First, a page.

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Source: 2 minutes 30 seconds juncture; Lecture 2, Video 4 (transcription);
MITx: 24.00x Introduction to Philosophy; by MIT Associate Prof Caspar Hare PhD (Princeton)

So good, interesting arguments have a further virtue in addition to soundness. That is they're potentially convincing. Now, this depends on where you start. Potential convincingness depends in part on who is in a position to be convinced. We'll define it like this:

An argument is potentially convincing for a person when, prior to being confronted with the argument, the person believes the premises but doesn't believe the conclusion, and the person is in a position to see that the argument is valid.

So if the argument is potentially convincing for you, then because you believe the premises before being confronted with the argument, you'll be inclined to accept all of those premises. And because you're in a position to see that the argument is valid, you'll be in a position to see that, given that the premises are true, the conclusion, too, must be true. So you're in a position to be persuaded that the conclusion is true.

Strangely, none of my 3 books on logic, or this Coursera course Think Again: How to Reason and Argue, introduced the bolded terms above. They only discussed 'validity' and 'soundness' for arguments. A Google search cites uses only from the lecture above.

So are there other names for the bolded? If not, why is this 3rd key quality of arguments omitted?

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    That is because "convincingness" is irrelevant to logic. Soundness and validity (truth of premises, propriety of inferences) are properties that describe how arguments function logically, not what kind of effects they have on the audience. The latter are the subject of rhetoric, not logic. en.wikipedia.org/?title=Rhetoric – Conifold Jun 18 '15 at 1:02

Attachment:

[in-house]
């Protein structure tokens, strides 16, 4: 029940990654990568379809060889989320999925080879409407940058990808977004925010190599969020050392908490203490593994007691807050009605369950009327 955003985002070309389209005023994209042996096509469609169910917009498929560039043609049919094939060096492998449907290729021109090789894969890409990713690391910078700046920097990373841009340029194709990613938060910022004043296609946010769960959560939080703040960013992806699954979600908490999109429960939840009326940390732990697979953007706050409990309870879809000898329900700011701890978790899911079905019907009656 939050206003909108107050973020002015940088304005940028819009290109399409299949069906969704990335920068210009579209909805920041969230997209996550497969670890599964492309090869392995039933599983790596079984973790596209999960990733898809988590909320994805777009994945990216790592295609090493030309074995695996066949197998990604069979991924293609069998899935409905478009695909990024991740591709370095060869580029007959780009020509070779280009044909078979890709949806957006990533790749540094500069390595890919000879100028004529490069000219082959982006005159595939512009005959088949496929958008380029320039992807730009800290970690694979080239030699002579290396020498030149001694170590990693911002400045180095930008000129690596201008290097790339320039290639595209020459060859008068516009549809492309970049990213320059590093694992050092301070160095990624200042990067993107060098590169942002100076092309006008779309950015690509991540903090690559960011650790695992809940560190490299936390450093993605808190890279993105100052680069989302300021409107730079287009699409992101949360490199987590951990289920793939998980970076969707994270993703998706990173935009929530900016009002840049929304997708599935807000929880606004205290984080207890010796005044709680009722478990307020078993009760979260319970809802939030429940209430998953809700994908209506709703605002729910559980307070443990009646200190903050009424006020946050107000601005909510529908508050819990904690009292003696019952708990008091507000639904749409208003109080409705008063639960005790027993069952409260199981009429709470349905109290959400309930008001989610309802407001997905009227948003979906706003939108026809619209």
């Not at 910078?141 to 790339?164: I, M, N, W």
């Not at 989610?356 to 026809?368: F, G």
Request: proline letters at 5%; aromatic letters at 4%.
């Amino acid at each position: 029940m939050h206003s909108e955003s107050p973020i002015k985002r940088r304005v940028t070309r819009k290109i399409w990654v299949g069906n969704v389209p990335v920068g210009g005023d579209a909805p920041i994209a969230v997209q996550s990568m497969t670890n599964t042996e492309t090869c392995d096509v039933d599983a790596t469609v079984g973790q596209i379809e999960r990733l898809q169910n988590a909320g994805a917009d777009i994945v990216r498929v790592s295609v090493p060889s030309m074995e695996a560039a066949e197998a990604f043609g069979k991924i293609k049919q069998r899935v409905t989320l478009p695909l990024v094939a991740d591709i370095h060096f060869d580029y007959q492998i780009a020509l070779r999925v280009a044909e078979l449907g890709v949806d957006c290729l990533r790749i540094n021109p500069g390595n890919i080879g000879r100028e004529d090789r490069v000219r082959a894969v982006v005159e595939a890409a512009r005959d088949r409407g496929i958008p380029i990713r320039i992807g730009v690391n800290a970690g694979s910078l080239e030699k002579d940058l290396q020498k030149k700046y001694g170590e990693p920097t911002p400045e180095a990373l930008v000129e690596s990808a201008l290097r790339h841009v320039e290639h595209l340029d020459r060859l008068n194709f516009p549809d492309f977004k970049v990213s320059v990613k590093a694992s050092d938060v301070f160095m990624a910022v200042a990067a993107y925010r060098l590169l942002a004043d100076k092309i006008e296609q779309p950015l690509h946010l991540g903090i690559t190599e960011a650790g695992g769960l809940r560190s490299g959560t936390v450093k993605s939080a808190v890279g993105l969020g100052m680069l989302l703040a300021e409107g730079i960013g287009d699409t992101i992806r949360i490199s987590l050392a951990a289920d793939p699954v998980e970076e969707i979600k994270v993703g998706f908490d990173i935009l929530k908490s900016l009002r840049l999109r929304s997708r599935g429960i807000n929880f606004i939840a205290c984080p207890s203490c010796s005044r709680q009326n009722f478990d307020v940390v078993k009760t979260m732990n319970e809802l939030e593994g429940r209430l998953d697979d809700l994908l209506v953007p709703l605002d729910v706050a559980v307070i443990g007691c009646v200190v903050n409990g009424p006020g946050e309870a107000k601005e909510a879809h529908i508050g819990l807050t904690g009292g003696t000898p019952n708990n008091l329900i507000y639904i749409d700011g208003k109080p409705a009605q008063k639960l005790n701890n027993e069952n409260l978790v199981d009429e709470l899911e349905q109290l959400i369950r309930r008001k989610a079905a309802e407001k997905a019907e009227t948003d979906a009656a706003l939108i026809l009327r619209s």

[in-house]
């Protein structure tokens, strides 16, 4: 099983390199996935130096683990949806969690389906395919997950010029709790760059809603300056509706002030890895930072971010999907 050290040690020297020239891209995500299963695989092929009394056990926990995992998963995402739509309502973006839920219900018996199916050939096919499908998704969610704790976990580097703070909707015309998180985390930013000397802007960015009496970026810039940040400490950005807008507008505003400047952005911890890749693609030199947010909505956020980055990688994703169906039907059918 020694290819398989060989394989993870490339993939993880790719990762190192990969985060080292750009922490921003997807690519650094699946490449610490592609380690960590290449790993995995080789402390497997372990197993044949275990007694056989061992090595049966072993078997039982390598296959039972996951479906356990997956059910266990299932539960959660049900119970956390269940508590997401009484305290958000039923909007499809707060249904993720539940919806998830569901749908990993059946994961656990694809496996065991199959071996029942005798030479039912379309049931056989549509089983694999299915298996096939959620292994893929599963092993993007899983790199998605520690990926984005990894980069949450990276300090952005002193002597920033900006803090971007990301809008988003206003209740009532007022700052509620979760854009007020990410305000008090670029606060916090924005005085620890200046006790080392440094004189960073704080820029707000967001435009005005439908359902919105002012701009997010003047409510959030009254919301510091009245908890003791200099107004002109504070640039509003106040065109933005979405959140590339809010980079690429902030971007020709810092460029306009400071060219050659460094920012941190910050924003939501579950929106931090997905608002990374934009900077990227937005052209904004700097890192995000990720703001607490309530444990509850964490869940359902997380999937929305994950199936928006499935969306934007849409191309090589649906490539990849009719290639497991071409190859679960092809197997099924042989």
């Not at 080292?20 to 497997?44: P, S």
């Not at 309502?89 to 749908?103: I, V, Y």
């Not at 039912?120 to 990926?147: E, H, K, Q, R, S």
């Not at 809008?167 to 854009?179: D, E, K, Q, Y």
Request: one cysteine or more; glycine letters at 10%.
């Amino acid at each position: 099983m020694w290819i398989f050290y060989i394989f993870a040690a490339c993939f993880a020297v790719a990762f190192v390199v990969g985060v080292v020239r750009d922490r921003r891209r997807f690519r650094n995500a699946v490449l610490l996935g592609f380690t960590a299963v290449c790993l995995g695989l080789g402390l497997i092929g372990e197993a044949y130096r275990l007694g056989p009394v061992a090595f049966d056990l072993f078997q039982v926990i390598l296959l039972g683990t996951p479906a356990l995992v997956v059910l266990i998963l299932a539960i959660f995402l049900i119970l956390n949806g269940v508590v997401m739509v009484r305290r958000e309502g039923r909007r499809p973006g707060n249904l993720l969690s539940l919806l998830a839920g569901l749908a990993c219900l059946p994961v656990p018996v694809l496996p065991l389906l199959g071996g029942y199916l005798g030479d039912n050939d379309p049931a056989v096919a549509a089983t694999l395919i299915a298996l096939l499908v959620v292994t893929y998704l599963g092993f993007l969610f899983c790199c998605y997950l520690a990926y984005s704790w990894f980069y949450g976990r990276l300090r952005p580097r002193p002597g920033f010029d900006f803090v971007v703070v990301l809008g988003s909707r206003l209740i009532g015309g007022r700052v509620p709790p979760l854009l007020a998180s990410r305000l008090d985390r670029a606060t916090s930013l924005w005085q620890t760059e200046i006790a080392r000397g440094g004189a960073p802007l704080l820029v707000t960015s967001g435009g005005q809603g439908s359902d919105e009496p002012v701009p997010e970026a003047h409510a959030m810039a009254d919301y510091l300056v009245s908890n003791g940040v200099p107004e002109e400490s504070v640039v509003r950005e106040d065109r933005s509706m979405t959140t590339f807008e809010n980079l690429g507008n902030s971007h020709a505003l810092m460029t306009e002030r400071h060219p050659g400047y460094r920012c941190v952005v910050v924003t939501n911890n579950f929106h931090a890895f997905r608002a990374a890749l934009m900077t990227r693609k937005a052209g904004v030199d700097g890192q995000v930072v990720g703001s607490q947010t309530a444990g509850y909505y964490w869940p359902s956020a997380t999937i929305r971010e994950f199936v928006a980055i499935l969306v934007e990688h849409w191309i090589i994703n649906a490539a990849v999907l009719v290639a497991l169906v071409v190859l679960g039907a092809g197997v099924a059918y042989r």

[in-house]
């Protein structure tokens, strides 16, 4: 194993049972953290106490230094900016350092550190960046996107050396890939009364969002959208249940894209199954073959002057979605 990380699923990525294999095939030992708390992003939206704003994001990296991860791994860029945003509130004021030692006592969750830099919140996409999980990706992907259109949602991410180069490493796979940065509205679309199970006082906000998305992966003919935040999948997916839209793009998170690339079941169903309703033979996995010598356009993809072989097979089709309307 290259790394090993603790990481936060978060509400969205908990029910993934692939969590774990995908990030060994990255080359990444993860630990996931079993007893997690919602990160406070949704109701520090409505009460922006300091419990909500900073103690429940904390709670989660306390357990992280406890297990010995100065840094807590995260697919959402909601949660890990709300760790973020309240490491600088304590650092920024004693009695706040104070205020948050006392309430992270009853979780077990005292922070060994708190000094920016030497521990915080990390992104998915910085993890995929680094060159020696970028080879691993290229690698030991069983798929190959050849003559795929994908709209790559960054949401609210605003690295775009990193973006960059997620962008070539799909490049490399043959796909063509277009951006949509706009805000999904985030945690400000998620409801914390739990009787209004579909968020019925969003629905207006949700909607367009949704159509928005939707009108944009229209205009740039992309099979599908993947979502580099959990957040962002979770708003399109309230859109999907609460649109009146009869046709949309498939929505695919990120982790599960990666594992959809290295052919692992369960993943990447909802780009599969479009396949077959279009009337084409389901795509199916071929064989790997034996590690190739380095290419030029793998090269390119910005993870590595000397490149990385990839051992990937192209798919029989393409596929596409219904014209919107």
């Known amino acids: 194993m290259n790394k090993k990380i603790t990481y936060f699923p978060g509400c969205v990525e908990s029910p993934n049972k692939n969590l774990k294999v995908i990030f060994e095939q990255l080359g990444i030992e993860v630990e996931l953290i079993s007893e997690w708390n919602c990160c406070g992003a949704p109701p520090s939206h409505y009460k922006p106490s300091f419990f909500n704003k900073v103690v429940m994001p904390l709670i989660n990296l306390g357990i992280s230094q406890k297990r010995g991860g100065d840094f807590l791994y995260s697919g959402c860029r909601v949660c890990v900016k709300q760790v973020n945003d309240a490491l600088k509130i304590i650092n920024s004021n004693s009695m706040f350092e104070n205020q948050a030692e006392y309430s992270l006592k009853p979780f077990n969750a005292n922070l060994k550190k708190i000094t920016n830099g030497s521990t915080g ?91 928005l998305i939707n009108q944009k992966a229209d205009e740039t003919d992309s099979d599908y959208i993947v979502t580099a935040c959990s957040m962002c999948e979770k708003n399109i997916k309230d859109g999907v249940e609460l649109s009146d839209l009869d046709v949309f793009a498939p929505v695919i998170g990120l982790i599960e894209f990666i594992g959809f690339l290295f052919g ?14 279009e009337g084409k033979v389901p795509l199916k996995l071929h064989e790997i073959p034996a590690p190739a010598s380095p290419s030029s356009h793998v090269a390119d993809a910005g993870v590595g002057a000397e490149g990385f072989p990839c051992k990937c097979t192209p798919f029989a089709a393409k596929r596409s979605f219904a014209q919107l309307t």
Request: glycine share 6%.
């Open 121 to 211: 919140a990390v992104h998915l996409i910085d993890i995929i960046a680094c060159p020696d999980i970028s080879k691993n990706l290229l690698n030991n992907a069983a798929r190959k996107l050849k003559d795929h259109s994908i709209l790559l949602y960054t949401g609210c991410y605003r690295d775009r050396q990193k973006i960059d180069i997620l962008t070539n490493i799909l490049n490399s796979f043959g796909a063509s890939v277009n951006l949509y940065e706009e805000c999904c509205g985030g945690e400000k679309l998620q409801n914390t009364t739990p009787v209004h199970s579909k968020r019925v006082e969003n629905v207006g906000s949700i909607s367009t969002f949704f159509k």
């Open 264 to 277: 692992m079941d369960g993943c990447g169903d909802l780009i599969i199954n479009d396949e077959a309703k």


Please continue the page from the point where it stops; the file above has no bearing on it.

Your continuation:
• I think "potential" is a fitting name for this further virtue. – Ron Royston Jun 18 '15 at 18:56
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Georg Polya calls this 'plausiblity', and attempts to lay out rules for keeping arguments plausible in his book "Patterns of Plausible Reasoning".

Mathematics, science and logic would, each in its own way, like to think they are about facts, but they are in fact about psychological models of the world at different levels of abstraction. And there are therefore psychological observations that identify patterns that encourage the discovery of good proofs, convincing theories and of plausible arguments.

I would take Polya's lead and refrain from combining scientific and plausible reasoning into rhetoric because their goal is still ultimately logical, if only statistically so. A poorly presented plausible or scientific argument is often no less effective, upon adequate reflection, due to its presentation. But a rhetorical one is. (Otherwise computer people and every-day scientists would have to learn to write in a convincing, and therefore an easily read, manner.)

  • Its not plausibility but potential, no? In other words, it amounts to the difference between what the person believes (the premises) but doesn't believe (the conclusion). The greater that amount the more disruptive the argument. Potential. – Ron Royston Jun 18 '15 at 18:51
  • No one uses the word that way, i.e. in reference to the audience. A potential argument is equally possible to give anyone. But an argument is plausible to an audience, one who can find a common base of premises, and who can follow it. – jobermark Jun 18 '15 at 19:24
  • The book is Mathematics and Plausible Reasoning, volume 2 is Patterns of Plausible Inference. But Polya is talking about heuristics, and his plausibility is not "convincingness", the point is not to convince, but to discover. If anything, heuristic arguments are designed to be less convincing than logical ones, their purpose is to generate conjectures, which can later be verified by other means. One loosens the screws to let more in. en.wikipedia.org/wiki/Mathematics_and_plausible_reasoning – Conifold Jun 18 '15 at 20:24
  • The case where the argument is actually valid is a subcase, but it is still an instance of plausibility. It is all one thing, making something seem likely to be true is the same whether you are seeking something or communicating something you have already found. – jobermark Jun 19 '15 at 1:22

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